Topic: Impact of social status on young girls
Research question: Does social status affect confidence and self-esteem of young girls negatively?
Primary survey is conducted for collecting data on impact of social status on young girls. A survey is designed for targeting young girls who are studying at colleges and high-school. A closed-ended questionnaire is developed for collecting information from the targeted population. The questionnaire comprise of three sections; the first one uncovers demographic information of the respondents including their age, household income, education level and education of parents. The second section inquires information about the emotions related to status consciousness. In total 10 emotions are examined in this section. The third section evaluates the self-worth associated with the social status. This section also include 5 questions that examines feelings of respect, pride and usefulness. The study targeted 30 adolescent girls who were enrolled in college/ university. Stratified random sampling is selected for choosing a small sample from the larger population.
The 10 emotions examined through the instrument include; amusement, anger, compassion, desire, embarrassment, fear, guilt, jealousy, sadness and tension CITATION Mic143 \l 1033 (Krus & Park, 2014). These emotions explains the negative feelings associated with the social status and rank. This is used for evaluating how emotional ratings are influenced by social status.
SPSS is used for analysis of the data collected through primary survey from the participants.
25 years and more
What is your parent’s education?
Below college level College degree
The survey collected information for assessing emotions of the girls associated with status consciousness. In total 10 variables were selected for determining the relationship of emotions with consciousness of the respondents. The respondents were asked if social status makes them feel amused. The results obtained from the survey indicates that most of the girls (33%) states that they feel amusement very frequent and 33% mentioned that they feel amused always. The remaining 17% stated that they feel amused rarely.
Figure 1 Feeling of amusement
Figure 2 Feeling of anger
Figure 3 Feeling of compassion
The questionnaire also inquired the respondents about their desires for attaining social status. The results indicates that majority (50%) stated that they very frequently have a desire of attaining high social status. The remaining 33% said that they always felt the desire of attaining social status and 17% felt it only occasionally.
Figure 4 Desire for high social status
The respondents were also asked if they feel embarrassed for their social status. Their responses depicts that 33% always felt embarrassed and 33% had a feeling of embarrassment very frequently. The remaining 17% stated that they either felt embarrassed occasionally or rarely.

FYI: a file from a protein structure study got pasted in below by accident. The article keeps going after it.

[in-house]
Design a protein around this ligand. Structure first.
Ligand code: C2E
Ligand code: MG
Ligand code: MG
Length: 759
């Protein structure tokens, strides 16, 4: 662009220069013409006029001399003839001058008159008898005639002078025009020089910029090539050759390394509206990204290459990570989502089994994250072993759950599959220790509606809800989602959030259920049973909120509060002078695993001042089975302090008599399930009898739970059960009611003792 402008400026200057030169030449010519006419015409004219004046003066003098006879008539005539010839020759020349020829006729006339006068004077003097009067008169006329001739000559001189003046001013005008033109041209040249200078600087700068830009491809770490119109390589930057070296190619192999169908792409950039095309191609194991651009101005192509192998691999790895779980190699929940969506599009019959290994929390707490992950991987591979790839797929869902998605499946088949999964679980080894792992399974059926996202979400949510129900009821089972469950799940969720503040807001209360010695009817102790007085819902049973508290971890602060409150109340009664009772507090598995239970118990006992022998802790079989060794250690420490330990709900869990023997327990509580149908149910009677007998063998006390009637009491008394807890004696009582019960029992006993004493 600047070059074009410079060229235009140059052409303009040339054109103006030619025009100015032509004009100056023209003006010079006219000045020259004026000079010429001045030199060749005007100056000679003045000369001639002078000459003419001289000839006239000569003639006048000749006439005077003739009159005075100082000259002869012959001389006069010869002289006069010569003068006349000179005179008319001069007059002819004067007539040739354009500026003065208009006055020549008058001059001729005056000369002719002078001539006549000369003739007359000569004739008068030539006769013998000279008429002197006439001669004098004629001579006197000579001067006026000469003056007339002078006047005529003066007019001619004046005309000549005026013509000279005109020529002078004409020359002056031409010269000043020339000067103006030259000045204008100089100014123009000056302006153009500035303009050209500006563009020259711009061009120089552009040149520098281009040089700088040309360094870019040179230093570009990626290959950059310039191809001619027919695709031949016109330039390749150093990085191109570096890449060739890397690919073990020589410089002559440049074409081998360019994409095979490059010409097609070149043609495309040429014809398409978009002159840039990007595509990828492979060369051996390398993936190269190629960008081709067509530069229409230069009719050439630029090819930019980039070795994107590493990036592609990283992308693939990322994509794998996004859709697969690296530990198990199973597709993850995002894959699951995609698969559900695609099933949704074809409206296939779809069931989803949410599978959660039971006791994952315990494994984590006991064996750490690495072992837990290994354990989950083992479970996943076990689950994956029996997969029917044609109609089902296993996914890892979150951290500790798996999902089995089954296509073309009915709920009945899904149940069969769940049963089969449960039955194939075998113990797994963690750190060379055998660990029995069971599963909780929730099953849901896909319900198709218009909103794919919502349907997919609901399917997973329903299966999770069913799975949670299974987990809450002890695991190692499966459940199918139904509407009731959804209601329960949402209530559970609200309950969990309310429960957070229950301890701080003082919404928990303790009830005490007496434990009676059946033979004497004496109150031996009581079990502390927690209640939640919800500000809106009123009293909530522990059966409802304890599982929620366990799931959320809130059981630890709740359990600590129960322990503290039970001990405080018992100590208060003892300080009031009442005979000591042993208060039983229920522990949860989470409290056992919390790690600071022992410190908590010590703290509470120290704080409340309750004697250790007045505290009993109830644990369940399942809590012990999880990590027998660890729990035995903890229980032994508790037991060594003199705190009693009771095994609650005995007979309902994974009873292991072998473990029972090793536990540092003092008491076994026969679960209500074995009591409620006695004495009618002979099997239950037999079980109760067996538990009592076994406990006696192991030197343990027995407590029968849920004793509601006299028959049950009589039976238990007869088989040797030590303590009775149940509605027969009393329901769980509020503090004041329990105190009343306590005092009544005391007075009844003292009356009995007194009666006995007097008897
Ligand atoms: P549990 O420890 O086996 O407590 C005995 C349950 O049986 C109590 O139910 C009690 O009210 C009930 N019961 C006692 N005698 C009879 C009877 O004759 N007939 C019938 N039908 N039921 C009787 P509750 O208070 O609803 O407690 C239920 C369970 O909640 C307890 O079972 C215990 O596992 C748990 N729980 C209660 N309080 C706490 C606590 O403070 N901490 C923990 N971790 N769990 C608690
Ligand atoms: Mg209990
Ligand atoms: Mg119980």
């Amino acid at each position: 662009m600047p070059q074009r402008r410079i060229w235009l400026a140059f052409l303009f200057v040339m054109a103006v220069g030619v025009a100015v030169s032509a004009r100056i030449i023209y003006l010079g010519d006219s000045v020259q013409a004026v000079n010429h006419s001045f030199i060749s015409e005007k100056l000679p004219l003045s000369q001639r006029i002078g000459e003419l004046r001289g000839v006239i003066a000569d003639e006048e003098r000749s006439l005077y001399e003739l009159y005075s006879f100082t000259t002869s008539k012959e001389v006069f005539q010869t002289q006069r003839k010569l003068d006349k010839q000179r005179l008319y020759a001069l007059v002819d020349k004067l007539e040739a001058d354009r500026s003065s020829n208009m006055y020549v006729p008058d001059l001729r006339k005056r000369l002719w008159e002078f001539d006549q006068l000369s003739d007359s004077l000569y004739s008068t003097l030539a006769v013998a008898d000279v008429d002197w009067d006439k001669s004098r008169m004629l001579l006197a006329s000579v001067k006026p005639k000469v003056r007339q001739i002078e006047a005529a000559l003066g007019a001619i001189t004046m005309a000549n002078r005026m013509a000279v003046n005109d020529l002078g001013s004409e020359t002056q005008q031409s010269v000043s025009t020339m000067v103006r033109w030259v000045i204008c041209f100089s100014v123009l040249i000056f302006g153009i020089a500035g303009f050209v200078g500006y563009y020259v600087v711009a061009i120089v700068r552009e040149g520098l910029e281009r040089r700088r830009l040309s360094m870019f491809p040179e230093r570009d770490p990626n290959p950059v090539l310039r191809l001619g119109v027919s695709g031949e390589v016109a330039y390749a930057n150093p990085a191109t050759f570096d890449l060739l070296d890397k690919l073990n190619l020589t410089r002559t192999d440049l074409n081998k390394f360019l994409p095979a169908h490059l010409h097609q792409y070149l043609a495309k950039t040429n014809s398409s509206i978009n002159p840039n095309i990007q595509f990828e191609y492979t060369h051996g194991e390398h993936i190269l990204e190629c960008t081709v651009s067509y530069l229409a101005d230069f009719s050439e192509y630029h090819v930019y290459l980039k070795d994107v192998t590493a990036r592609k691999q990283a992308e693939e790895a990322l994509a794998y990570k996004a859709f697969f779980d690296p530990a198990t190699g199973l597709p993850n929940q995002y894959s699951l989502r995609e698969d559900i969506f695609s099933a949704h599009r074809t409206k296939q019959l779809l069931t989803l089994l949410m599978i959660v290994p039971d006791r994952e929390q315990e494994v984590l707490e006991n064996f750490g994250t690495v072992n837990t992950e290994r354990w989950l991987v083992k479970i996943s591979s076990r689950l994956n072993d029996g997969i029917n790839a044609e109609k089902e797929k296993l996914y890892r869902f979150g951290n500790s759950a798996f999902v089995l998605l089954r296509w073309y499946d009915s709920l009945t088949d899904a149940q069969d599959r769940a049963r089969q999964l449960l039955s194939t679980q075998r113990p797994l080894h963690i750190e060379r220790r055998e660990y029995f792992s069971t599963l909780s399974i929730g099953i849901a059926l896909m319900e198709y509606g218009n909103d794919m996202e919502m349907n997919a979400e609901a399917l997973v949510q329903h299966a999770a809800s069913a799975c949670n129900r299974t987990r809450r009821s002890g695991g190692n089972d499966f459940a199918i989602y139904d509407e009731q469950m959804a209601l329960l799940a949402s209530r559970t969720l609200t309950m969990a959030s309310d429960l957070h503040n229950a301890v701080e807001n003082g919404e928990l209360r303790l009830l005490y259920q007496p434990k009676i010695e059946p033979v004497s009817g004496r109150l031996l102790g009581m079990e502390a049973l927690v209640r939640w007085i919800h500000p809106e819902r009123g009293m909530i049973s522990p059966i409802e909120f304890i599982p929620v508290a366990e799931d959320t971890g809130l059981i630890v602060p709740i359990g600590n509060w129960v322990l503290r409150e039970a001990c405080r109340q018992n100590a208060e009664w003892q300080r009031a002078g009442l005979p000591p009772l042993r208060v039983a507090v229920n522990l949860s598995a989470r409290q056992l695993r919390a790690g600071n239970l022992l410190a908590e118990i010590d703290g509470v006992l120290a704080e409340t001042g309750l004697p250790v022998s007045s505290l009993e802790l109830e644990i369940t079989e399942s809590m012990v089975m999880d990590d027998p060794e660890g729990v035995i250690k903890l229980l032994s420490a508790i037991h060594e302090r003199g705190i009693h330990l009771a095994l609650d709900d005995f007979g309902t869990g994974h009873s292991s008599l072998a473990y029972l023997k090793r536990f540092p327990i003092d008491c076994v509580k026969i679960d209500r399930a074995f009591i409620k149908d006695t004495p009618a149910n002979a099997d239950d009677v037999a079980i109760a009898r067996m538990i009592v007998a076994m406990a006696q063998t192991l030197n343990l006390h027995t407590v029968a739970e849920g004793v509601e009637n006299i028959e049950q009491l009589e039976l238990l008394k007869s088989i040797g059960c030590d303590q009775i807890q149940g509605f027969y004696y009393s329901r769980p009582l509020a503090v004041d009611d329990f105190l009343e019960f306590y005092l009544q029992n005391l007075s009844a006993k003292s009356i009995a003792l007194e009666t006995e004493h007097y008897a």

Figure 5 Feeling of embarrassment
To evaluate emotions of the participants associated with social status their feelings of sadness were determined. These findings indicate that 33% of the participants felt sad very frequently, 50% felt sad always and about social status. The other 10% felt sad occasionally.
Respondents were asked if social status raise feelings of guilt or not. The responses depicts that majority (50%) believed that they always experienced feeling of guilt. The remaining 33% stated that they experienced feeling of guilt very frequently and 10% experienced it only occasionally
The findings of the survey confirm that social status impacts self-confidence and self-esteem of young girls negatively.
Anderson, E. (2000). Code of the Street: Decency, Violence, and the Moral Life of the Inner City. NY: Norton.
Bécares, L., & Priest, N. (2015). Understanding the Influence of Race/Ethnicity, Gender, and Class on Inequalities in Academic and Non-Academic Outcomes among Eighth-Grade Students: Findings from an Intersectionality Approach . PlosOne .
Bonilla-Silva, E. (1997). Rethinking racism: toward a structural interpretation. . American Sociological Review , 62 (3), 465–480.
Cuncic, A. (2018). How to Be Less Self-Conscious in Social Situations . Retrieved 04 23, 2019, from https://www.verywellmind.com/how-can-i-be-less-self-conscious-in-social-situations-3024823
Charmaraman, L., & Grossman, J. M. (2010). Importance of race-ethnicity: An exploration of Asian, Black, Latino, and Multiracial adolescent identity . Cultur Divers Ethnic Minor Psychol , 16 (2), 144–151.
Hall, R. E. (2001). The Ball Curve: Calculated Racism and the Stereotype of African American Men . Journal of Black Studies , 32 (1).
BIBLIOGRAPHY Krus, M. W., & Park, J. W. (2014). The undervalued self: social class and self-evaluation . Front Psychol , 5.
If you have any queries please write to us
Join our mailing list